The Green Striped Schleppy Sweater is back in play.
Have I mentioned the Green Schleppy to you? Oh, once, back in April to complain about the sleeves.
I started this sweater during my single ball, striped project, hoard wrangling phase several months ago. Specifically February.
I'm following the pattern for the Schleppy Sweater I designed for myself last year.
Wow, was that already a year ago?
The idea was to use up many single balls of green yarn I have. The stripes on the body are each 15 rows. The mess up on the sleeves came because I didn't account for the fact that the sleeves were going to have more rows than the body and didn't plan to make the sleeves stripes either narrower or wider to account for that fact.
Nope, the sleeve stripes are each 15 rows as well.
This led to me working through the stripe sequence and coming up short on length. After pouting over it for a bit I decided to restart the sequence and also accelerate it to get the top of the sleeves on the same yarn as the top of the body when I joined them.
I think it will be fine.
Entrelac. Are You Insane?
Since I knew from the cast on that I probably wouldn't actually have enough of the green yarns to finish the sweater I also selected two blue yarns for the yoke.
I figure it's the yoke, it can break from the rest of the sweater.
Then in March I came across Meg Swansen's article in the Holiday 2010 issue of Vogue Knitting about working an entrelac yoke.
This seized my imagination. I was already working the yoke in a different color. Making it in entrelac would just make the color change appear justified.
I looked up her other articles in the series in case they had helpful information.
I tracked down my Spring 2007 issue of Interweave Knits and taught myself entrelac using the tutorial.
I did some math to prepare for the entrelac even though I was still working on the sleeves.
And then the sweater stalled.
I had too many WIPs and this one was tossed aside in an attempt to pair down what I was working on. After all, summer was coming, I wouldn't need a long sleeved, wool blend sweater for a few months.
I know I function better with just one project at a time. Ok, maybe two. I can see progress. I don't have decided what to work on. I just pick one up and go. Still I can't stop myself from casting on multiple projects. Especially when I get mad at an uncooperative striping sequence.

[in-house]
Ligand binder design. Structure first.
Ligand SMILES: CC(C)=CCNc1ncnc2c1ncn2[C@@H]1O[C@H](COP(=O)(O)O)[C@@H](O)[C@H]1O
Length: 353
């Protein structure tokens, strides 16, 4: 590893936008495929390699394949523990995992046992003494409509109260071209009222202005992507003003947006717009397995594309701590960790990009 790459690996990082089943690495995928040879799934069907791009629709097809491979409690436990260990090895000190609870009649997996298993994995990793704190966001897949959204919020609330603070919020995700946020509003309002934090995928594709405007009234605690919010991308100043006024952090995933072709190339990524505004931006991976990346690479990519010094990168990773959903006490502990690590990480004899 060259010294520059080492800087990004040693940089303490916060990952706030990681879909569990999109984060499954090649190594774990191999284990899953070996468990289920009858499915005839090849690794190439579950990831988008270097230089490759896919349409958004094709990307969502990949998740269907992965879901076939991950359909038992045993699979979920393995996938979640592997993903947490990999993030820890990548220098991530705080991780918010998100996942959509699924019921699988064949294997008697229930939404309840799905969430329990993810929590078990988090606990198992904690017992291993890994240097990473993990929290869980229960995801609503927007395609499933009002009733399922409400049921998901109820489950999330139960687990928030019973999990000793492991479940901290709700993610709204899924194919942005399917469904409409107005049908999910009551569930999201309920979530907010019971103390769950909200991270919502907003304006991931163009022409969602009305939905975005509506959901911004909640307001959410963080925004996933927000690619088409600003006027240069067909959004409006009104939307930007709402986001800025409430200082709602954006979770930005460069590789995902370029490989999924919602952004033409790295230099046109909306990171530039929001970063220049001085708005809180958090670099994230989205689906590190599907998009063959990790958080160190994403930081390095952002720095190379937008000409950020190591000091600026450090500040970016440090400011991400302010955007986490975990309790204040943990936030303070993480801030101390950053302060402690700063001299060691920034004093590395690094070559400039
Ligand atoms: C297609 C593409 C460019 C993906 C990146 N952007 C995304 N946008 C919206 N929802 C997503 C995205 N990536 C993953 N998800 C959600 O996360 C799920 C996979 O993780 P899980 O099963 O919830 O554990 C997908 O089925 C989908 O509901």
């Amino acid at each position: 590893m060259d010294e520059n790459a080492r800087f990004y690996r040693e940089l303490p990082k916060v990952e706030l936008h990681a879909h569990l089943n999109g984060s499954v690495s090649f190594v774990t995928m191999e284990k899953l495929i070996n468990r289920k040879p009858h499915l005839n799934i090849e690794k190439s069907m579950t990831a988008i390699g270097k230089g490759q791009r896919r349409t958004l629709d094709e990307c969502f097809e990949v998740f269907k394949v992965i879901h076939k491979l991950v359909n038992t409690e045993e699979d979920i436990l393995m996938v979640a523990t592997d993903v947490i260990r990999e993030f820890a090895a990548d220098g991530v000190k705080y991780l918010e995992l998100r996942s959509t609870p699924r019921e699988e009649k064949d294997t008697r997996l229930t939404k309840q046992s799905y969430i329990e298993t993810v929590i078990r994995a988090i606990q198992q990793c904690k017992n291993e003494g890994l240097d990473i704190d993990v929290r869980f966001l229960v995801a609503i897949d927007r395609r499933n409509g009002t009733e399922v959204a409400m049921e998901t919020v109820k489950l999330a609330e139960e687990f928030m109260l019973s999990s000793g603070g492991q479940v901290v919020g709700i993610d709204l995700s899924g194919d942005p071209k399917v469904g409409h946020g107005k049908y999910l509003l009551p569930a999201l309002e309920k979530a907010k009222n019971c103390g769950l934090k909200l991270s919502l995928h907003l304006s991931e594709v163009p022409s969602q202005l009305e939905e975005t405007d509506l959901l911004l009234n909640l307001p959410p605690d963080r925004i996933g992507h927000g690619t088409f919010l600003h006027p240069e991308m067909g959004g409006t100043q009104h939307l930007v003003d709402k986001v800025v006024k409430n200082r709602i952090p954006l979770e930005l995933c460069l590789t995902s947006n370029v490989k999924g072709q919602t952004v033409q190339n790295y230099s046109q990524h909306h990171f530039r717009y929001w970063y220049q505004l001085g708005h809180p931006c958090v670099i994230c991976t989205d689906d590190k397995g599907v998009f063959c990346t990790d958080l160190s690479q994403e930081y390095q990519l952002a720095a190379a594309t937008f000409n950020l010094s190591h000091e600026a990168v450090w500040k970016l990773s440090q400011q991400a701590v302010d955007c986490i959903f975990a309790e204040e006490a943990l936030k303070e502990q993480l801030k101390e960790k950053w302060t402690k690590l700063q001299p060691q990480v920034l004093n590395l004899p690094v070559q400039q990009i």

Ironically, my abundance of WIPs was a contributing factor in me getting this sweater out again.
The thought of my multiple WIPs overwhelemed me and I decided that I just needed to finish something. The Green Schleppy seemed closest to completion as well as easiest since it is mostly stockinette stitch. (At least until I get to the entrelac part.)
Another inspiration was the copy of Custom Knits by Wendy Bernard I picked up on Saturday.
It's an interesting book. The patterns are nice, but really I'm after the instructions about knitting top down sweaters in the back of the book. I intend to apply the knowledge to all those lovely skeins of sweater quantity yarn I've bought at fiber festivals lately that are destined to be other Schleppy Sweaters.
Also, the Green Schleppy was sucking up a large number of needle resources. The body was on a long Denise cable. The sleeves were being worked two-at-a-time in the round so they were taking up a set of DPNs as well as a long cable and set of Denise tips. Not to mention numerous stitch markers.
Heading for Disaster?
I don't know if it was the idea that I can't start a new sweater until I finish an active sweater or the desire to be knitting one of my own designs, or a need for US6 needles, but I ran and got the Green Schleppy out.
Having joined the sleeves to the body last night I've freed up all those needle resources and reduced it to a long cable and needle tips. I've also freed up the knitter's block and feel like I have good momentum to finish it.
Now I'm working through the initial raglan decreases and heading toward the entrelac. I've already realized my initial math was based on incorrect numbers. I'm smart enough to wait until I finish these first 5 decrease rounds before I start crunching numbers again.
And then the fun really starts.